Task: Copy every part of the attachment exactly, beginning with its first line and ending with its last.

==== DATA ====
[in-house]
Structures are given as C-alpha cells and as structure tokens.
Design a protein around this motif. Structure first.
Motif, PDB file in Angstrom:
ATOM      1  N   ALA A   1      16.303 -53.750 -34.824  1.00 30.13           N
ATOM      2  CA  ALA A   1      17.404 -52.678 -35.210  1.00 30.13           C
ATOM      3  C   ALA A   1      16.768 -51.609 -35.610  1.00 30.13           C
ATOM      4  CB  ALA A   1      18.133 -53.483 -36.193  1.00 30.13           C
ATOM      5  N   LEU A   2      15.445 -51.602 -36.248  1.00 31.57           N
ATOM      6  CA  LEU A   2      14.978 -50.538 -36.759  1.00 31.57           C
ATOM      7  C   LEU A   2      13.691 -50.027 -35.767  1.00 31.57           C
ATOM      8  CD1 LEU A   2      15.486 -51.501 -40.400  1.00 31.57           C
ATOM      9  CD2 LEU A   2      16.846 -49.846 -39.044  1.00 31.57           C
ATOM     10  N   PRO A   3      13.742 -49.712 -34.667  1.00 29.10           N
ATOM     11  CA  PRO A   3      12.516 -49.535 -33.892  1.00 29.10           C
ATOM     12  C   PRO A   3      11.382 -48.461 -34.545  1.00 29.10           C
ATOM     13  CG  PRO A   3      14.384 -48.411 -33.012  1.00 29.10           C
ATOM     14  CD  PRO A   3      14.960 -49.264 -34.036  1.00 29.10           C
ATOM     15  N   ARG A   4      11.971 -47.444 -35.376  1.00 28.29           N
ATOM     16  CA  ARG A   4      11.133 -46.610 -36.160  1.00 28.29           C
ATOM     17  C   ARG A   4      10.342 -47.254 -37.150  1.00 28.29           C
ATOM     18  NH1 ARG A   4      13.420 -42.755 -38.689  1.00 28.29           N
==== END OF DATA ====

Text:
[in-house]
Structures are given as C-alpha cells and as structure tokens.
Design a protein around this motif. Structure first.
Motif, PDB file in Angstrom:
ATOM      1  N   ALA A   1      16.303 -53.750 -34.824  1.00 30.13           N
ATOM      2  CA  ALA A   1      17.404 -52.678 -35.210  1.00 30.13           C
ATOM      3  C   ALA A   1      16.768 -51.609 -35.610  1.00 30.13           C
ATOM      4  CB  ALA A   1      18.133 -53.483 -36.193  1.00 30.13           C
ATOM      5  N   LEU A   2      15.445 -51.602 -36.248  1.00 31.57           N
ATOM      6  CA  LEU A   2      14.978 -50.538 -36.759  1.00 31.57           C
ATOM      7  C   LEU A   2      13.691 -50.027 -35.767  1.00 31.57           C
ATOM      8  CD1 LEU A   2      15.486 -51.501 -40.400  1.00 31.57           C
ATOM      9  CD2 LEU A   2      16.846 -49.846 -39.044  1.00 31.57           C
ATOM     10  N   PRO A   3      13.742 -49.712 -34.667  1.00 29.10           N
ATOM     11  CA  PRO A   3      12.516 -49.535 -33.892  1.00 29.10           C
ATOM     12  C   PRO A   3      11.382 -48.461 -34.545  1.00 29.10           C
ATOM     13  CG  PRO A   3      14.384 -48.411 -33.012  1.00 29.10           C
ATOM     14  CD  PRO A   3      14.960 -49.264 -34.036  1.00 29.10           C
ATOM     15  N   ARG A   4      11.971 -47.444 -35.376  1.00 28.29           N
ATOM     16  CA  ARG A   4      11.133 -46.610 -36.160  1.00 28.29           C
ATOM     17  C   ARG A   4      10.342 -47.254 -37.150  1.00 28.29           C
ATOM     18  NH1 ARG A   4      13.420 -42.755 -38.689  1.00 28.29           N